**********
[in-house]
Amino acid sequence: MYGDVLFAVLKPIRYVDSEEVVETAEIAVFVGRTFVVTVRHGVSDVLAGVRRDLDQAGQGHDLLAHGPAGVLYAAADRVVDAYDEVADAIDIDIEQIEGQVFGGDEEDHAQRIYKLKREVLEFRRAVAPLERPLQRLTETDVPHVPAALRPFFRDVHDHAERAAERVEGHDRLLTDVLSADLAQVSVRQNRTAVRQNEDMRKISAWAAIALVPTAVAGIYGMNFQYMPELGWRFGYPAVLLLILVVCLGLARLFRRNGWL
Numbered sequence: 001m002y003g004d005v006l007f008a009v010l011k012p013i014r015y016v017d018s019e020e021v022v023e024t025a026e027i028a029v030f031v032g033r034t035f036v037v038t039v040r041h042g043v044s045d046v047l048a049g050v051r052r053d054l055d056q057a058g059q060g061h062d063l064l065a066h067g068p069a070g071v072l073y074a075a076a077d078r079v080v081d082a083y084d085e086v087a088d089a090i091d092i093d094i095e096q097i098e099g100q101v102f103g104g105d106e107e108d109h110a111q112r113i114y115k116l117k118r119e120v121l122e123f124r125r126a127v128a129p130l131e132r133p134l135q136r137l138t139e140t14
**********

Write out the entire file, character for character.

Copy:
[in-house]
Amino acid sequence: MYGDVLFAVLKPIRYVDSEEVVETAEIAVFVGRTFVVTVRHGVSDVLAGVRRDLDQAGQGHDLLAHGPAGVLYAAADRVVDAYDEVADAIDIDIEQIEGQVFGGDEEDHAQRIYKLKREVLEFRRAVAPLERPLQRLTETDVPHVPAALRPFFRDVHDHAERAAERVEGHDRLLTDVLSADLAQVSVRQNRTAVRQNEDMRKISAWAAIALVPTAVAGIYGMNFQYMPELGWRFGYPAVLLLILVVCLGLARLFRRNGWL
Numbered sequence: 001m002y003g004d005v006l007f008a009v010l011k012p013i014r015y016v017d018s019e020e021v022v023e024t025a026e027i028a029v030f031v032g033r034t035f036v037v038t039v040r041h042g043v044s045d046v047l048a049g050v051r052r053d054l055d056q057a058g059q060g061h062d063l064l065a066h067g068p069a070g071v072l073y074a075a076a077d078r079v080v081d082a083y084d085e086v087a088d089a090i091d092i093d094i095e096q097i098e099g100q101v102f103g104g105d106e107e108d109h110a111q112r113i114y115k116l117k118r119e120v121l122e123f124r125r126a127v128a129p130l131e132r133p134l135q136r137l138t139e140t14